Thursday, February 28, 2008

Weaving History & Culture into Fiction - Lessons for Writers

For anyone who is new to Writermorphosis, this is not a book review website. It’s a site by and for Children’s/YA writers, where we can learn tips and techniques from each other, and encourage each other in our writing.

So, during the month of February, and for a week or two in March, we are doing what may look like book reviews. We’re critiquing “from a writer’s perspective,” some of the 10 books that were short-listed for this year’s CYBILS Awards in the category of fantasy/science fiction. We’re looking for techniques that we can use in our own fiction writing.

Last week, we looked at two books from the CYBILS list that are good examples of how to weave two different stories or plot lines together into one book.

This week, for those interested in writing about history and culture, we’re looking at two books that would NOT be considered historical fiction. One is Sci-Fi. One is Fantasy. But both of these books clearly incorporate (and sneakily even teach) history to the kids and adult who read them.

This week’s books: The Land of the Silver Apples, and the True Meaning of Smekday.

THE LAND OF THE SILVER APPLES, written by well-known fantasy author Nancy Farmer, and published by Atheneum, is a MG high-fantasy book all the way around. There are elves, magic, humans with special powers, wizard-types, evil kings, and, of course, a long journey. But this book also weaves the early history of the British Isles into almost every page and character.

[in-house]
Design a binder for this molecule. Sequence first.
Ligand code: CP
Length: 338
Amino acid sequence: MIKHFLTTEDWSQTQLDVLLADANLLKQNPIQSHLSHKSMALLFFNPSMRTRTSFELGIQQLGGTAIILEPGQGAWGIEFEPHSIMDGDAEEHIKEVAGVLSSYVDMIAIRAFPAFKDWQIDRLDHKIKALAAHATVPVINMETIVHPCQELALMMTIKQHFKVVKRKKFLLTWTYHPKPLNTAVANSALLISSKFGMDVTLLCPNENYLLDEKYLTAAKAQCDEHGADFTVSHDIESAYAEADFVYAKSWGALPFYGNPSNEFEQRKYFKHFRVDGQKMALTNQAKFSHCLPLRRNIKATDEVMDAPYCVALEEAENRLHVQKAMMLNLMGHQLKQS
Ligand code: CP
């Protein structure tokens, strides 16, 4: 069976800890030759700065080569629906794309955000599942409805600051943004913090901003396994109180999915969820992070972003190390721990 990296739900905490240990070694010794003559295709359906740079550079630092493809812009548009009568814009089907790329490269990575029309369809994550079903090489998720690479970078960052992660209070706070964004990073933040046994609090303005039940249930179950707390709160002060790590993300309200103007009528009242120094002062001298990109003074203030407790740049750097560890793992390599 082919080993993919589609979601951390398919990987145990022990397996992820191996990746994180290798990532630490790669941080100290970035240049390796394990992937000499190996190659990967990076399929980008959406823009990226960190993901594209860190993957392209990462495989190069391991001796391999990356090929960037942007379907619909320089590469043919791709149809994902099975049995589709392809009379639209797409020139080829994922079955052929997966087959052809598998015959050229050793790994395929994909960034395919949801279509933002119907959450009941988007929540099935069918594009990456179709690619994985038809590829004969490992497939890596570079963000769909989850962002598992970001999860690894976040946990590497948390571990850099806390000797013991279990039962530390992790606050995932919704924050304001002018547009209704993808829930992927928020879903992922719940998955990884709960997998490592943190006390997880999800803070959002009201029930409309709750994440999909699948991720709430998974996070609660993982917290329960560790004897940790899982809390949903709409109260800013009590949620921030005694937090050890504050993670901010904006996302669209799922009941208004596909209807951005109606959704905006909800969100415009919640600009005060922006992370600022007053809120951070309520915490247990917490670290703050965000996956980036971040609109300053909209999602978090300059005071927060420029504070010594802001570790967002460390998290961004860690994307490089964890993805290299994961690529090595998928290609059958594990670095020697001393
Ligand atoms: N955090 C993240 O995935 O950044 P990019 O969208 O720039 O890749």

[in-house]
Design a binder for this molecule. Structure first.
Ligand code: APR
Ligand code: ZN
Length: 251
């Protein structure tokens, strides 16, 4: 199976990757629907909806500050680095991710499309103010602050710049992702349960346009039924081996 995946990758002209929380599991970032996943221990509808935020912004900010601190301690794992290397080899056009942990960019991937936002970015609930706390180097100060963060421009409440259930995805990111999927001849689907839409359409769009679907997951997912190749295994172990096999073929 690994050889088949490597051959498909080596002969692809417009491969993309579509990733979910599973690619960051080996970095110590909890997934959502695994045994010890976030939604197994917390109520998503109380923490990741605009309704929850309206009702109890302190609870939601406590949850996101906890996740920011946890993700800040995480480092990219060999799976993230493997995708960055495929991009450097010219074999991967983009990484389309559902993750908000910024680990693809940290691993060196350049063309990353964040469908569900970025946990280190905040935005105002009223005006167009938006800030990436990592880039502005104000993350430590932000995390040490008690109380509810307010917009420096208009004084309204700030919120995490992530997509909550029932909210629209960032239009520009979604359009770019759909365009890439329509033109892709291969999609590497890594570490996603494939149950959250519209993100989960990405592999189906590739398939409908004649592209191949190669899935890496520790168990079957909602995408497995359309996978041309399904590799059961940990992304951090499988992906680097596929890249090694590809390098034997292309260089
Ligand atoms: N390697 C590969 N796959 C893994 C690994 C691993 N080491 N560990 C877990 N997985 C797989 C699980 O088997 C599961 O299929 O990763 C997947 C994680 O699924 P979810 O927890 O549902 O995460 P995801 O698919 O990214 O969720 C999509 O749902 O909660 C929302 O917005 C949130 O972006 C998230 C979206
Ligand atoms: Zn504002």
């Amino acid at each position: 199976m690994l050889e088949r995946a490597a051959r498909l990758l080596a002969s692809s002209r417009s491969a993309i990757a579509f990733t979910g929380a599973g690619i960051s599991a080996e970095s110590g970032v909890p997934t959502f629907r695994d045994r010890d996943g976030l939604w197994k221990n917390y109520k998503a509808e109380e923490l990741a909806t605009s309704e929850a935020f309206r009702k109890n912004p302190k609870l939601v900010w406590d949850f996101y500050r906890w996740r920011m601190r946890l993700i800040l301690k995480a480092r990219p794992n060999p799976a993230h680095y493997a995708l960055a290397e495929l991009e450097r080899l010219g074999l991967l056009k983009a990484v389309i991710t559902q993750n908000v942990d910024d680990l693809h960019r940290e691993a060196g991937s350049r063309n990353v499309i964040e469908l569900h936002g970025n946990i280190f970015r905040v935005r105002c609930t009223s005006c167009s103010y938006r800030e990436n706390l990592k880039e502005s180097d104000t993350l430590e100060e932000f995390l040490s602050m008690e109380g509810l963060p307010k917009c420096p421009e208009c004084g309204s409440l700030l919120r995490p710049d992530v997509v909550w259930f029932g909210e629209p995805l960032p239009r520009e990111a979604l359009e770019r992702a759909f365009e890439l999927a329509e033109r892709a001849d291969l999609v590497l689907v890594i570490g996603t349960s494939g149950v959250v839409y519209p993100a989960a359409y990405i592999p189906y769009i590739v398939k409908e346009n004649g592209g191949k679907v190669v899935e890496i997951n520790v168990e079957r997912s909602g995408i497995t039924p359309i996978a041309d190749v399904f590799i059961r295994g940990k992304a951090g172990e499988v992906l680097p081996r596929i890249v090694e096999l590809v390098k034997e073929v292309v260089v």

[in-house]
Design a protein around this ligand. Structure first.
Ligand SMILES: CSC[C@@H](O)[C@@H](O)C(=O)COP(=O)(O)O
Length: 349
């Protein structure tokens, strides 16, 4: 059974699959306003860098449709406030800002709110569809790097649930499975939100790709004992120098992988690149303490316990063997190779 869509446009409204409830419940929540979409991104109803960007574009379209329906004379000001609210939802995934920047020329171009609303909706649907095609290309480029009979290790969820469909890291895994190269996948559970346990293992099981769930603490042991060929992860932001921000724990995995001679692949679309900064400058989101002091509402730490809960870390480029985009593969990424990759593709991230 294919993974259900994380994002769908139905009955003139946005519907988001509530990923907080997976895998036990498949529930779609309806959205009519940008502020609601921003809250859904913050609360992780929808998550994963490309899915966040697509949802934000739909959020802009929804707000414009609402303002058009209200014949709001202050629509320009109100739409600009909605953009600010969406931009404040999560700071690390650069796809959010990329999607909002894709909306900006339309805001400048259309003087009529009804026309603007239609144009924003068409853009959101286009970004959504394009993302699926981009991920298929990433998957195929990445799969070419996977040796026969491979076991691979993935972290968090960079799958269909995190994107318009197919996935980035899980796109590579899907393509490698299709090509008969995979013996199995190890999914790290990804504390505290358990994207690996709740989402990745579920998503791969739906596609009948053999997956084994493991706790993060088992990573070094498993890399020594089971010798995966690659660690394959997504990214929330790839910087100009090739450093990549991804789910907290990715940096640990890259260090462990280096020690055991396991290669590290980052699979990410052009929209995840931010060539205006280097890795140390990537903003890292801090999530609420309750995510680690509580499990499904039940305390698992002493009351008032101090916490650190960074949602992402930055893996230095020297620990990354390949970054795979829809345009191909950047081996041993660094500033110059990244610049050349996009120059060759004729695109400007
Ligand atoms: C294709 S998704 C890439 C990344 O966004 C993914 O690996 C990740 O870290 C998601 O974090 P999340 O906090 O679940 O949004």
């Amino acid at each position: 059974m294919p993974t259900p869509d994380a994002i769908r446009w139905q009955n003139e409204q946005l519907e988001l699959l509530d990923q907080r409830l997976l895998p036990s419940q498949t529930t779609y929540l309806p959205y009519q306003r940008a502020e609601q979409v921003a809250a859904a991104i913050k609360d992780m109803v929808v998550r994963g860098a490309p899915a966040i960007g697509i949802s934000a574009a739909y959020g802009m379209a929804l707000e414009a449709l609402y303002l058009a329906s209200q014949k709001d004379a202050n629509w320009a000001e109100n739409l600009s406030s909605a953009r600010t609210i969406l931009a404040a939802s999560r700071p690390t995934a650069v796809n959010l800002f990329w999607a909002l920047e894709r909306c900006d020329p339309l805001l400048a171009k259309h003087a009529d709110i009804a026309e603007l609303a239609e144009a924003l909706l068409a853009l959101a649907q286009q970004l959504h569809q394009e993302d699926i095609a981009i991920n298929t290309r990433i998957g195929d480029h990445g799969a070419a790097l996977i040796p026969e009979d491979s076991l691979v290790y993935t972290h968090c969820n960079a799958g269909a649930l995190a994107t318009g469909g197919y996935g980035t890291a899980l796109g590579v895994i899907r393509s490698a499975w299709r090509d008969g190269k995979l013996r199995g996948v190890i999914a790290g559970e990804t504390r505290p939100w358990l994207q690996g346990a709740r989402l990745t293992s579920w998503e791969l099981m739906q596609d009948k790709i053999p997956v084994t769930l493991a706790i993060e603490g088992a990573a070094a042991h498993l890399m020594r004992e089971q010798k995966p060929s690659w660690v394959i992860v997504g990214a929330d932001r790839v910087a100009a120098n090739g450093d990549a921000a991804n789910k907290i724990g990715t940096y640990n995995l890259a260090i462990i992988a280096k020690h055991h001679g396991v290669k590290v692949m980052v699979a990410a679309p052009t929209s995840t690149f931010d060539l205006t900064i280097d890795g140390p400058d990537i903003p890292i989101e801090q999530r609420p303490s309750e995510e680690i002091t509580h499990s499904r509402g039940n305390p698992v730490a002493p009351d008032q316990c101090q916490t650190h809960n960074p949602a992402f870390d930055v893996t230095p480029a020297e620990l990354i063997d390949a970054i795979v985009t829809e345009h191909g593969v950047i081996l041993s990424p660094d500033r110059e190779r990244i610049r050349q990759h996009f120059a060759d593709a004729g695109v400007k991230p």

The author pulls in a true ancient people group, the marauding Picts, making several of the characters pictish pirates and allowing them to openly share their beliefs and world view through the fantasy story. She also brings the reader in on a personal level to the time in the history of Britain, Ireland and Scotland when Christianity came to those islands, and the older, more magic-believing religions began to compete and/or co-exist with them. This book shows each character choosing a religion, and it shows how that religion affects their daily life. So we read about the Christian Monks – the good and the not so good things that they believed and did in their early years in the isles. And we read about the druid types, who wear robes and heal the villagers with magic that they feel comes from the earth. Even the main character finds himself struggling, questioning his beliefs throughout the book while his family converts to Christianity and his mentor, a bard, trains him in magic.

In the back of the book, an appendix teaches readers (kids – who LOVE codes and secret languages,) pictish symbols and what they mean, as well as details about the early religions of the British Isles. That appendix allows readers to understand that this book is not only a fantasy, but also about real historic themes too. So, for those wishing to incorporate old languages and facts into fiction, this book is a good example to follow.